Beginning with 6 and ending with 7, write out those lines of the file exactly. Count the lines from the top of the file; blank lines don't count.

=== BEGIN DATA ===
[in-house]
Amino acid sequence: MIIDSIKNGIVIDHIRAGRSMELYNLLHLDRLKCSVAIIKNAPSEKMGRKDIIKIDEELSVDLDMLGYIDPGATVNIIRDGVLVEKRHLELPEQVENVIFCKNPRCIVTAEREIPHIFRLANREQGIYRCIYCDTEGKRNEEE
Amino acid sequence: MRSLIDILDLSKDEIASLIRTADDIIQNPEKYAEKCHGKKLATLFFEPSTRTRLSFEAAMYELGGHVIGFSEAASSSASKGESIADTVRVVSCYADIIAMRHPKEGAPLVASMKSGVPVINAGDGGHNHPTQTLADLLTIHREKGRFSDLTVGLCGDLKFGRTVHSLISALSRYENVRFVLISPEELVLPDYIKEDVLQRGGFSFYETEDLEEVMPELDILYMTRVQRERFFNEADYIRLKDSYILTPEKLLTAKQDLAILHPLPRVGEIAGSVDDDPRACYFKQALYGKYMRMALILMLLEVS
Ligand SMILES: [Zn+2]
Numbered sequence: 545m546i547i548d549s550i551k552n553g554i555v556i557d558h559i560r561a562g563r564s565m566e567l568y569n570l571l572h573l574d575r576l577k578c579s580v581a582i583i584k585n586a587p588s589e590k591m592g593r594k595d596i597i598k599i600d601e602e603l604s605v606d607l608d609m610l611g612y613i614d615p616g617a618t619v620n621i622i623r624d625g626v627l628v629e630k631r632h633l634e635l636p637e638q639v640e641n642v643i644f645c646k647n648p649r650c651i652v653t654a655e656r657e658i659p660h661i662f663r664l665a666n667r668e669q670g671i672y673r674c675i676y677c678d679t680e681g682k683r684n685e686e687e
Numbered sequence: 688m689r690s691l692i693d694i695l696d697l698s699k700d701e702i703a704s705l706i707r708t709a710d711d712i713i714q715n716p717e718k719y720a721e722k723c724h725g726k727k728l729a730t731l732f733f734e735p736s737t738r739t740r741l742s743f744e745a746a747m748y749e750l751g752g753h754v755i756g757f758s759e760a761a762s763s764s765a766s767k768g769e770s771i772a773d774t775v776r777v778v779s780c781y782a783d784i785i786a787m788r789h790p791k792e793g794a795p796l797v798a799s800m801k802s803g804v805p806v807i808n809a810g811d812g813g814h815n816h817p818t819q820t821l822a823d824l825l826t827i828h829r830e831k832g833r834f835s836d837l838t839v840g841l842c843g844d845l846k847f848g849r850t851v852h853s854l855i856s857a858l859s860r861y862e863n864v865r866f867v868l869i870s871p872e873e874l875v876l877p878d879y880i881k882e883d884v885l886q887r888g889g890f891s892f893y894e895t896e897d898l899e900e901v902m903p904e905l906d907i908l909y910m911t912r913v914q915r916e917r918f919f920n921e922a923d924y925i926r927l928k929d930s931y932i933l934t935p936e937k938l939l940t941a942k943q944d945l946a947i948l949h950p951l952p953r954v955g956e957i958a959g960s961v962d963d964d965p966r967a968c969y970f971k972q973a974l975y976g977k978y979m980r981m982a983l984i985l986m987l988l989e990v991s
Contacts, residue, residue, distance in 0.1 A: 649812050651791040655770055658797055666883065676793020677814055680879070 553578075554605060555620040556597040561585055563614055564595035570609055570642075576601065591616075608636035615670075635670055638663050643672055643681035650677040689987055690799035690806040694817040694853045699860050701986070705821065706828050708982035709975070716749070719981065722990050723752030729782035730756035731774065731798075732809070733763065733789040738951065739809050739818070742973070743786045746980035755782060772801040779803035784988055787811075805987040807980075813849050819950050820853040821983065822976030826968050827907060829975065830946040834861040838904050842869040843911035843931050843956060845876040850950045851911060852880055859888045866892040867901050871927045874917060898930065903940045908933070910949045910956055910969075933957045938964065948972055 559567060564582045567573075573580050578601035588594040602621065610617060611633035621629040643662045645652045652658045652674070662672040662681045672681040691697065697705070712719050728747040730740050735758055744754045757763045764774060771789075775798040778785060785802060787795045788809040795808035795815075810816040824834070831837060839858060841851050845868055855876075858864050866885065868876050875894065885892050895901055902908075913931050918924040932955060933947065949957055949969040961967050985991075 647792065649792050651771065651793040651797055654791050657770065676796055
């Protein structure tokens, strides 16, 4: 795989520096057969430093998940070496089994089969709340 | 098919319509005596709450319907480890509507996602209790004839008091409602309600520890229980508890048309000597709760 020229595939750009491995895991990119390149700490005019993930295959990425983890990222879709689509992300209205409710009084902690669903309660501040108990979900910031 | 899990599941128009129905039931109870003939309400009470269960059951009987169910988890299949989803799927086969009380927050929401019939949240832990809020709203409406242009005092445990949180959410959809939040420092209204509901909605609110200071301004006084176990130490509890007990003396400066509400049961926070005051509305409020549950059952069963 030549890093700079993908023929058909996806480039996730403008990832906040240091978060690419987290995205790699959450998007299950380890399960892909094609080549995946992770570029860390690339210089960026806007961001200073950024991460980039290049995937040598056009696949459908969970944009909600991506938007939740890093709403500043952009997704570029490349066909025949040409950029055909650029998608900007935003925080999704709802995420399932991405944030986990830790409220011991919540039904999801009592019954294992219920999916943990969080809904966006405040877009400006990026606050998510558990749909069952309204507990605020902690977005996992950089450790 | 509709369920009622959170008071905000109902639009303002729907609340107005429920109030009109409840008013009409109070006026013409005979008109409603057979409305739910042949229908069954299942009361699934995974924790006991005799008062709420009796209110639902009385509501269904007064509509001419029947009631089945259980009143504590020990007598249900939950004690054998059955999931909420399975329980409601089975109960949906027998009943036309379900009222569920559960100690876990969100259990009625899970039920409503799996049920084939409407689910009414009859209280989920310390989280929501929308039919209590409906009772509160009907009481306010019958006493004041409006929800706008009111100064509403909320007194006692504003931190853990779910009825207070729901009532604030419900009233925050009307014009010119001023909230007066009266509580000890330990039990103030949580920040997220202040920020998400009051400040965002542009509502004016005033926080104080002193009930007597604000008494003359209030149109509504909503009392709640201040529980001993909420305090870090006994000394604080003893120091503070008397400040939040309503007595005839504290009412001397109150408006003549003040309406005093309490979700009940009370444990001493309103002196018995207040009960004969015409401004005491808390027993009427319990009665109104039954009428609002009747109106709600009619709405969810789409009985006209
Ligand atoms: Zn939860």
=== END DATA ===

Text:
Numbered sequence: 688m689r690s691l692i693d694i695l696d697l698s699k700d701e702i703a704s705l706i707r708t709a710d711d712i713i714q715n716p717e718k719y720a721e722k723c724h725g726k727k728l729a730t731l732f733f734e735p736s737t738r739t740r741l742s743f744e745a746a747m748y749e750l751g752g753h754v755i756g757f758s759e760a761a762s763s764s765a766s767k768g769e770s771i772a773d774t775v776r777v778v779s780c781y782a783d784i785i786a787m788r789h790p791k792e793g794a795p796l797v798a799s800m801k802s803g804v805p806v807i808n809a810g811d812g813g814h815n816h817p818t819q820t821l822a823d824l825l826t827i828h829r830e831k832g833r834f835s836d837l838t839v840g841l842c843g844d845l846k847f848g849r850t851v852h853s854l855i856s857a858l859s860r861y862e863n864v865r866f867v868l869i870s871p872e873e874l875v876l877p878d879y880i881k882e883d884v885l886q887r888g889g890f891s892f893y894e895t896e897d898l899e900e901v902m903p904e905l906d907i908l909y910m911t912r913v914q915r916e917r918f919f920n921e922a923d924y925i926r927l928k929d930s931y932i933l934t935p936e937k938l939l940t941a942k943q944d945l946a947i948l949h950p951l952p953r954v955g956e957i958a959g960s961v962d963d964d965p966r967a968c969y970f971k972q973a974l975y976g977k978y979m980r981m982a983l984i985l986m987l988l989e990v991s
Contacts, residue, residue, distance in 0.1 A: 649812050651791040655770055658797055666883065676793020677814055680879070 553578075554605060555620040556597040561585055563614055564595035570609055570642075576601065591616075608636035615670075635670055638663050643672055643681035650677040689987055690799035690806040694817040694853045699860050701986070705821065706828050708982035709975070716749070719981065722990050723752030729782035730756035731774065731798075732809070733763065733789040738951065739809050739818070742973070743786045746980035755782060772801040779803035784988055787811075805987040807980075813849050819950050820853040821983065822976030826968050827907060829975065830946040834861040838904050842869040843911035843931050843956060845876040850950045851911060852880055859888045866892040867901050871927045874917060898930065903940045908933070910949045910956055910969075933957045938964065948972055 559567060564582045567573075573580050578601035588594040602621065610617060611633035621629040643662045645652045652658045652674070662672040662681045672681040691697065697705070712719050728747040730740050735758055744754045757763045764774060771789075775798040778785060785802060787795045788809040795808035795815075810816040824834070831837060839858060841851050845868055855876075858864050866885065868876050875894065885892050895901055902908075913931050918924040932955060933947065949957055949969040961967050985991075 647792065649792050651771065651793040651797055654791050657770065676796055